1. This petition raises interesting questions of law relating to the construction of certain provisions of the Saurashtra Land Reforms Act, 1951 and the Mines and Minerals (Regulation and Development) Act, 1957. The petitioner was a Bhayat under the former State of Muli in Saurashtra and as such Bhayat, he was the owner of several lands which included Survey No. 365 situate in village Kukada. The rights of the petitioner's ancestors to the mines and minerals in the Bhayati lands were recognised and declared by the former Rajasthanik Court by a Hak Patrak dated 16th August, 1880 and the petitioner was therefore the owner of the mines and minerals in S. No. 365 at the date of coming into force of the Saurashtra Land Reforms Act, 1951. Survey No. 365 comprised 16 Acres and 11 gunthas of land and out of that, there were admittedly sand-stone deposits in an area of 7 Acres and 4 Gunthas. Now, according to the petitioner, mining operations in this area for the purpose of winning sand-stone were started by him long prior to the enactment of the Saurashtra Land Reforms Act, 1951, but this was disputed on behalf of the respondents and sines that raised a disputed question of fact which we would not entertain in the exercise of our extraordinary jurisdiction under Article 226 of the Constitution, the petitioner invited us to proceed on the basis accepted by the respondents that mining operations for the purpose of winning sand-stone in this area were not started until after the issue of occupancy certificate in respect of S. No. 365 in favour of the petitioner. As a matter of fact, this concession on the part of the petitioner was inevitable, as issue of occupancy certificate in respect of S. No. 365 in favour of the petitioner clearly involved the determination that S. No. 365 was Gharkhed land in personal cultivation of the petitioner at the date of the coming into force of the Saurashtra Land Reforms Act, 1951. The common accepted basis between the parties therefore was that mining operations for the purpose of winning sand-stone from S. No. 365 were started by the petitioner subsequent to 25th March 1956 being the date when the occupancy certificate was issued in favour of the petitioner. The Deputy Collector thereafter satiated proceedings against the petitioner on the basis that the petitioner as an occupant was making non-agricultural use of S. No. 365 by carrying On mining operations in an area of 7 Acres and 4 Gunthas and in this proceeding, the petitioner agreed to pay non-agricultural assessment as also royalty and the Deputy Collector ultimately passed an order dated 5th July 1961 asking the petitioner to pay non-agricultural assessment of Rs. 179/- per year from the revenue year 1951-52. The petitioner complied with this order and continued to carry on mining operations for the purpose of winning sand-stone from this area. But ere long an order dated 19th March 1962 came to be passed by the Quarry Inspector which seriously affected the right of the petitioner to carry on mining operations for the purpose of winning sand-stone belonging to him. By this order, the Quarry Inspector directed that the petitioner should stop working the mine as he had not obtained mining lease in accordance with the Mineral Concession Rules, 1960 and that he should work the mine only after obtaining such mining lease. This order of the Quarry Inspector is challenged in the present petition.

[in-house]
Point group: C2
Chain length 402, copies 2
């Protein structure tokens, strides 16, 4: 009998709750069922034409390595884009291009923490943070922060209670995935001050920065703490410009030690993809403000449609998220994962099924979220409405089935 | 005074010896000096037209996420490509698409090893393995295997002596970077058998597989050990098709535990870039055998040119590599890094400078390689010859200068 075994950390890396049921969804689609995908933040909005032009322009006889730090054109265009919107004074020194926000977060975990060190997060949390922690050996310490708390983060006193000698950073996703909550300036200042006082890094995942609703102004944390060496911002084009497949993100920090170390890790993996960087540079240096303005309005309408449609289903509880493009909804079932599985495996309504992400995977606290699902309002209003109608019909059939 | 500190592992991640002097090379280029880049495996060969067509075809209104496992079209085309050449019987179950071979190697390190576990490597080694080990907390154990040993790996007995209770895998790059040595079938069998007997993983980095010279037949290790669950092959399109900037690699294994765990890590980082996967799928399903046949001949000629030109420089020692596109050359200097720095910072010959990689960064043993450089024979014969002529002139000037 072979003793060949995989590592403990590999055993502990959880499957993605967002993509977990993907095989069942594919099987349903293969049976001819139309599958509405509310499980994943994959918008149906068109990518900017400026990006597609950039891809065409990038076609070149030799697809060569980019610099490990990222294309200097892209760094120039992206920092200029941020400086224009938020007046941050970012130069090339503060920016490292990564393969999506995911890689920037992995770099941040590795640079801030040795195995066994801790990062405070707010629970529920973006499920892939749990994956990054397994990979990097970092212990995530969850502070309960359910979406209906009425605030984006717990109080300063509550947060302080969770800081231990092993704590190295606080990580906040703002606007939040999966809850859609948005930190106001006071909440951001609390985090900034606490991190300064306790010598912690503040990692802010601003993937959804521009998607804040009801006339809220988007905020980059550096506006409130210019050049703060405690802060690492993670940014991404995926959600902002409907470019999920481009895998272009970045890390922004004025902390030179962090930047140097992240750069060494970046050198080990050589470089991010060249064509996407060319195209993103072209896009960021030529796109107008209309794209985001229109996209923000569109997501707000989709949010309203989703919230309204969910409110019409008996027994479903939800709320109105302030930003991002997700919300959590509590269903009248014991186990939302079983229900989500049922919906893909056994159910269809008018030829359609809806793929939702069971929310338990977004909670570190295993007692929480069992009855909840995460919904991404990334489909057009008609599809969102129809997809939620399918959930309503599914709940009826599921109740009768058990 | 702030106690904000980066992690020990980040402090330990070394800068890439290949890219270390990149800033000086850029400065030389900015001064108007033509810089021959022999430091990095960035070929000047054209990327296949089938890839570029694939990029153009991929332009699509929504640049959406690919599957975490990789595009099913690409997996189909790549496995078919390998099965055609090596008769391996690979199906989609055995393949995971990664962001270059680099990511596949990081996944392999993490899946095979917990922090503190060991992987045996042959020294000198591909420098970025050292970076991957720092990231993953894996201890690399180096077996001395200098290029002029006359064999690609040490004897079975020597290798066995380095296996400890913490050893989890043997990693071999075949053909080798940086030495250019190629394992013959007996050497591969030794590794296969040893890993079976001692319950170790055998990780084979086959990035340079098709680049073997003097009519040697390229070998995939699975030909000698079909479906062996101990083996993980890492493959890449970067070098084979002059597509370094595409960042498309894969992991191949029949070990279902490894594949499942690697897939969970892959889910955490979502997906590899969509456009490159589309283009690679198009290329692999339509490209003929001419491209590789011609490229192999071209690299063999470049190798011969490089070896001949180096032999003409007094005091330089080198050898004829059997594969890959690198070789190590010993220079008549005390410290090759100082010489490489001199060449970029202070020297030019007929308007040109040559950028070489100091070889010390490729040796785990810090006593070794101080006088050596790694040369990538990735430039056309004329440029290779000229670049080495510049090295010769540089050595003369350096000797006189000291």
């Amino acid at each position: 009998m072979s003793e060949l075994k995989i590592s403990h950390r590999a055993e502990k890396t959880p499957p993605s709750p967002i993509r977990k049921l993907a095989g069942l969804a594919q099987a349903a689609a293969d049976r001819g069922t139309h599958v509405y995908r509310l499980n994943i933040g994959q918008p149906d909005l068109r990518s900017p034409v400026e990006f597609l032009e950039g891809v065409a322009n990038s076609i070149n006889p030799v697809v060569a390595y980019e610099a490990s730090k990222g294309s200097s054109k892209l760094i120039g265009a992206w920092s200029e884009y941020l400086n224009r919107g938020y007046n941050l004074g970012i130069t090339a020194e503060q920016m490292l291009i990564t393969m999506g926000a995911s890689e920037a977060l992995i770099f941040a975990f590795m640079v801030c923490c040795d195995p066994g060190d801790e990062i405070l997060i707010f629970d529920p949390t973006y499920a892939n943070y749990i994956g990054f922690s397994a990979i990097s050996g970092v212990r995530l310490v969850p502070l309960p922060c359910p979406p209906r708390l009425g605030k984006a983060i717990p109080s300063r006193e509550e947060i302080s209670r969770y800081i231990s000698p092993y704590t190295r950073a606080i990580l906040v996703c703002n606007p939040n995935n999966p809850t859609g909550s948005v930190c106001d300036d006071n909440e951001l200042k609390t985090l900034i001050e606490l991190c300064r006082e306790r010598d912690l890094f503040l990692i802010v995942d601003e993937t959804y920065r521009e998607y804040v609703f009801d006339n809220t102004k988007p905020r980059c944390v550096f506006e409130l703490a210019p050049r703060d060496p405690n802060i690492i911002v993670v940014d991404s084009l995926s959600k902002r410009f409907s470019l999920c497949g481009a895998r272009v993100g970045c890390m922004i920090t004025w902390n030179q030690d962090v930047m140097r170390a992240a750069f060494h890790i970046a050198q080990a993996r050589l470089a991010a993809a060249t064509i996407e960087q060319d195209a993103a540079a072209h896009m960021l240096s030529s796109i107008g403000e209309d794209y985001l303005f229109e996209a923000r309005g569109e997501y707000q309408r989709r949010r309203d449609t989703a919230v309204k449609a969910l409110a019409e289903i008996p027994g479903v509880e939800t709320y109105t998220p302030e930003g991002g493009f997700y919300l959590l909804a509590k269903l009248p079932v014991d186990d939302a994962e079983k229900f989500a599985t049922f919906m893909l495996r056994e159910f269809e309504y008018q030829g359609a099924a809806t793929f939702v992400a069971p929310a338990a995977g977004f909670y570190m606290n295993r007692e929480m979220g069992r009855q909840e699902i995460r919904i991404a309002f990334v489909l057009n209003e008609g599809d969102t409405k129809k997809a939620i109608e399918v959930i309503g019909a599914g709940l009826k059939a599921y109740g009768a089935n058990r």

2. The ground on which the validity of the impugned order was challenged on behalf of the petitioner was that the minerals in S. No. 365 and sand-stone was admittedly a mineral within the meaning of the Mines and Minerals (Regulation and Development) Act, 1957 vested in the petitioner and the petitioner was therefore not bound to obtain any mining lease from the State Government under the provisions of that Act or the Mineral Concession Rules, 1960 for the purpose of undertaking mining operations for winning sandstone from S. No. 365. This ground was combated on behalf of the respondents and the contention urged on their behalf in answer to this ground was a two-fold one. The first contention was that by reason of the provisions of the Saurashtra Land Reforms Act, 1951, on the issue of an occupancy certificate in respect of S. No. 365 in favour of the petitioner, the rights of the petitioner to the mines and minerals in S. No. 365 which he held as a Girasdar came to an end and the said mines and minerals became vested in the State Government and the petitioner was therefore not entitled to carry on mining operations for the purpose of winning the said minerals without obtaining mining lease from the State Government as the owner of the said minerals. Now, it was not disputed on behalf of the petitioner that if on the issue of the occupancy certificate in respect of S. No. 365 in favour of the petitioner, the rights of the petitioner to the minerals in S. No. 365 came to an end and the State Government became owner of the said minerals, the petitioner would not be entitled to carry on mining operations for the purpose of winning the said minerals without obtaining mining lease from the State Government. But the argument of the petitioner was that there was nothing in the Saurashtra Land Reforms Act, 1951 which took away the rights of the petitioner to the mines and minerals in S. No. 365 and despite the issue of occupancy certificate in respect of S. No. 365 in favour of the petitioner, the petitioner continued to be the owner of the said mines and minerals. The second contention of the respondents was based on the assumption of validity of this argument of the petitioner. The respondents contended that even if the petitioner continued to be the owner of the mines and minerals in S. No. 365, the petitioner was still bound to obtain mining lease from the State Government for the purpose of undertaking mining operations for winning sand-stone from S. No. 365 and in the absence of such mining lease, the petitioner was not entitled to carry on mining operations and the Quarry Inspector was within his rights in directing the petitioner to stop carrying on mining operations without obtaining such mining lease. The rival contentions raise two questions for determination: one being whether by reason of the provisions of the Saurashtra Land Reforms Act, 1951, the rights of the petitioner to the mines and minerals in S. No. 355 cams to an end on the issue of occupancy certificate and the other being whether, even if the petitioner continued to be the owner of the mines and minerals in S. No. 365, the petitioner was not entitled to carry on mining operations for the purpose of winning sand-stone from S. No. 365 without obtaining mining lease from the State Government. The determination of these questions obviously depends upon the true interpretation of the relevant provisions of the Saurashtra Land Reforms Act, 1951 and the Mines and Minerals (Regulation and Development) Act, 1957.